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SA Power Networks Targets Solar Owners – The Reaction

SA Power Networks

SA Power Networks’ proposal to not provide network charge reductions to solar owners equal to non-solar households has been met with a strong reaction.

In a media release on Tuesday, SA Power Networks stated if approved by the Australian Energy Regulator, eligible hardship customers in South Australia would receive an average reduction of around $386 on the network (poles and wires) component of their 2015/16 bill – quite a saving. A typical residential customer would receive a reduction of around $188.

Solar households have been treated rather shabbily however – a new “Residential Solar Tariff” will mean an average of just $88 reduction in network charges for customers with solar panels.

The difference in reduction is being perceived by some as the equivalent of slamming on a new charge.

SA Power Networks’ reasoning:

“Customers with solar panels have a different load profile (consumption pattern) to other residential customers,” said spokesman Paul Roberts.

“In simple terms, in relation to the energy they consume, they place a comparatively higher demand on the network.

The Clean Energy Council has objected strongly to the proposal.

“People should be encouraged to invest in technology that helps them to reduce their power bills, without being penalised by their power company,” said CEC Policy Manager Darren Gladman

“The message SA Power Networks is sending to consumers with this solar charge is: Don’t try to cut your bills, because we’ll find a way to charge you more in the end.”

SA Power Networks, the only electricity distribution game in town in South Australia, isn’t exactly struggling for bucks – well, it didn’t appear to be last year. The foreign-owned company was last year reportedly raking in after-tax profits of $420 a year from each customer.

While falling revenue is a concern for utilities given the solar rooftop revolution, Mr. Gladman says the approach taken by SA Power Networks is a lazy solution that unfairly penalises the wrong people.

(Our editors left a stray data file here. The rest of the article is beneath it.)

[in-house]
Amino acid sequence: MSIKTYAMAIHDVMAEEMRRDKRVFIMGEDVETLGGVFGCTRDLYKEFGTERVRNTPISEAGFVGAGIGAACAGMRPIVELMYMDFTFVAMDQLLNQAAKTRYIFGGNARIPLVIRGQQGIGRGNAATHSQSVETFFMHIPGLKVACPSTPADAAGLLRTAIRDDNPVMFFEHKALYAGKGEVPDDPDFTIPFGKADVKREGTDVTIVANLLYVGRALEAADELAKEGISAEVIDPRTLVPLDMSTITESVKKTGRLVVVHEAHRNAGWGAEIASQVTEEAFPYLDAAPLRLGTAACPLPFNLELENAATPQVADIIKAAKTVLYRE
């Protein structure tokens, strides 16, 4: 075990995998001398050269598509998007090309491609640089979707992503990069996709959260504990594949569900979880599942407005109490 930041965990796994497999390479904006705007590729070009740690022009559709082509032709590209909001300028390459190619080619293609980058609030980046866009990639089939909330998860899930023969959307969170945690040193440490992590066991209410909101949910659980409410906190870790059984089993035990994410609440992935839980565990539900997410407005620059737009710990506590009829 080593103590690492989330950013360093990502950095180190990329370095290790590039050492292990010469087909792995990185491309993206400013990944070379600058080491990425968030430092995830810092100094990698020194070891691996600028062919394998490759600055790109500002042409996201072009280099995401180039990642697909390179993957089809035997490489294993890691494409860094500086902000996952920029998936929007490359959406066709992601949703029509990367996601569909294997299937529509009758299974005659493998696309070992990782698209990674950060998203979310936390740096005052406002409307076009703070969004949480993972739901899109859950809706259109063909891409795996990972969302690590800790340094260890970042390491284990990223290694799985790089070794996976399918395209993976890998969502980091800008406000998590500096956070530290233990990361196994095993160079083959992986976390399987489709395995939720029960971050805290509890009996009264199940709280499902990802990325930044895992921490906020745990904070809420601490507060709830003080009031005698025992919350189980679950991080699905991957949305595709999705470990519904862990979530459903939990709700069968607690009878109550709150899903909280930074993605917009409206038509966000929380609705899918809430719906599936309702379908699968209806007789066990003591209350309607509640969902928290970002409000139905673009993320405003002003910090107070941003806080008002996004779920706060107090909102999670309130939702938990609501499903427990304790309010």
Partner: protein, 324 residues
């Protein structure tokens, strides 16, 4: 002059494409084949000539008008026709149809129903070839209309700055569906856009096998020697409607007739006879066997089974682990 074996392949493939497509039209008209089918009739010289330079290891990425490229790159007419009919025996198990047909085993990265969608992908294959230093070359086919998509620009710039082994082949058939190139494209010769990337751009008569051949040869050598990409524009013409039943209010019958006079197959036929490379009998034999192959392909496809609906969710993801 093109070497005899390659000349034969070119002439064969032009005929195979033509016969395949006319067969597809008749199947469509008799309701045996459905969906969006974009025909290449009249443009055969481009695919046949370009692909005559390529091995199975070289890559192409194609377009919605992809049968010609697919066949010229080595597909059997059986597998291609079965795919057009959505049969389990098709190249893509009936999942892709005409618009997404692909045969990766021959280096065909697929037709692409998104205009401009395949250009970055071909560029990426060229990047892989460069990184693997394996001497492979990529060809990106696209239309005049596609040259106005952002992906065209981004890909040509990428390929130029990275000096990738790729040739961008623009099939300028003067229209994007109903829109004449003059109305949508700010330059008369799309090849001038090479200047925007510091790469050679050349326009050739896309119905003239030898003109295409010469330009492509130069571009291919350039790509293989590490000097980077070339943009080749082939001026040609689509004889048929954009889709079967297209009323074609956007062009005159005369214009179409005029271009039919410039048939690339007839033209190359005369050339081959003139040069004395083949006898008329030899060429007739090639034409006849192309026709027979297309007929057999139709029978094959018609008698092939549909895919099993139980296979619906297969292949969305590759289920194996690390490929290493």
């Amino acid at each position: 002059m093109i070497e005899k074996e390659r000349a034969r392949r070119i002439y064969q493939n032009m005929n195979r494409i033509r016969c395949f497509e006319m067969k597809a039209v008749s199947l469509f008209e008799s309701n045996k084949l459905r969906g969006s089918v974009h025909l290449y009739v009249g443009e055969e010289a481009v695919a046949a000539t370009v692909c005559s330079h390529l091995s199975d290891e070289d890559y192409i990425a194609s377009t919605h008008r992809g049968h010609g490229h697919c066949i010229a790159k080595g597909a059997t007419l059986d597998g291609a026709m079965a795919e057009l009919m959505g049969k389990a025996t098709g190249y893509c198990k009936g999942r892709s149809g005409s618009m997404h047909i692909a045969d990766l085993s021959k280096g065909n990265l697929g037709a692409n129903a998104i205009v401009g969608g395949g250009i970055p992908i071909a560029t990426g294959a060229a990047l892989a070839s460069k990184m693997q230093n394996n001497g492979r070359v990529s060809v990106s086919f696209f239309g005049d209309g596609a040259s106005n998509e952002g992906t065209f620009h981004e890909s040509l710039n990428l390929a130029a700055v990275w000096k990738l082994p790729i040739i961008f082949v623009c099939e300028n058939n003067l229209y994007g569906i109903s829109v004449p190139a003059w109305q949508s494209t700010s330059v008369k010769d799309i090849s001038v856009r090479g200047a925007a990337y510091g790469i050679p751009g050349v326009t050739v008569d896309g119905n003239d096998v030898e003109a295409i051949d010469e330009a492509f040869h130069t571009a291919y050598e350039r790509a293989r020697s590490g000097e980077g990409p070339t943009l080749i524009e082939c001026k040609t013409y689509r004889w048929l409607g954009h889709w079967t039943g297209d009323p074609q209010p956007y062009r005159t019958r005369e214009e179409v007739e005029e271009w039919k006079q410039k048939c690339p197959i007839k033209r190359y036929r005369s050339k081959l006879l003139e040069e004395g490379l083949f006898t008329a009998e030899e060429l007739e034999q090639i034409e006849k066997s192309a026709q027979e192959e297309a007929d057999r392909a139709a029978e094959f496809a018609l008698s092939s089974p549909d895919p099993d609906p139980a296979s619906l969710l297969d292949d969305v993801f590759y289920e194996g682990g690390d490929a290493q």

“For example, analysis by the Productivity Commission shows that a customer using a 2 kilowatt air-conditioner is subsidised approximately $350 per year,” he said.

“Under the National Energy Rules, a customer with solar power should be treated no less favourably than a customer who has not installed the technology. Consequently, we believe the application by SA Power Networks to introduce this measure should be rejected by the Australian Energy Regulator.”

Grassroots group Solar Citizens is also vigorously opposed to the proposal.

“The fact is solar homes reduces pressure on the network – charging solar households for this is nothing more than a money grab,” said Solar Citizens National Director Claire O’Rourke.

“The AER need to protect current and future solar homeowners and put a stop to this attempt to unfairly tax solar homeowners.”

Solar Business Services’ Nigel Morris was more blunt about the situation, calling it an “absolute crock of s**t“.

Even if the proposal should be approved, which is by no means assured, solar power systems are still a great investment for South Australians. But with more than 179,000 solar households in SA – 25% of all homes in the state have solar panels – it would seem SA Power Networks is in for a bumpy ride ahead as it fends off criticism and attempts to justify the move.

The situation could also result in more households considering battery energy storage with view to dumping the mains grid – and consequently SA Power Networks – altogether.

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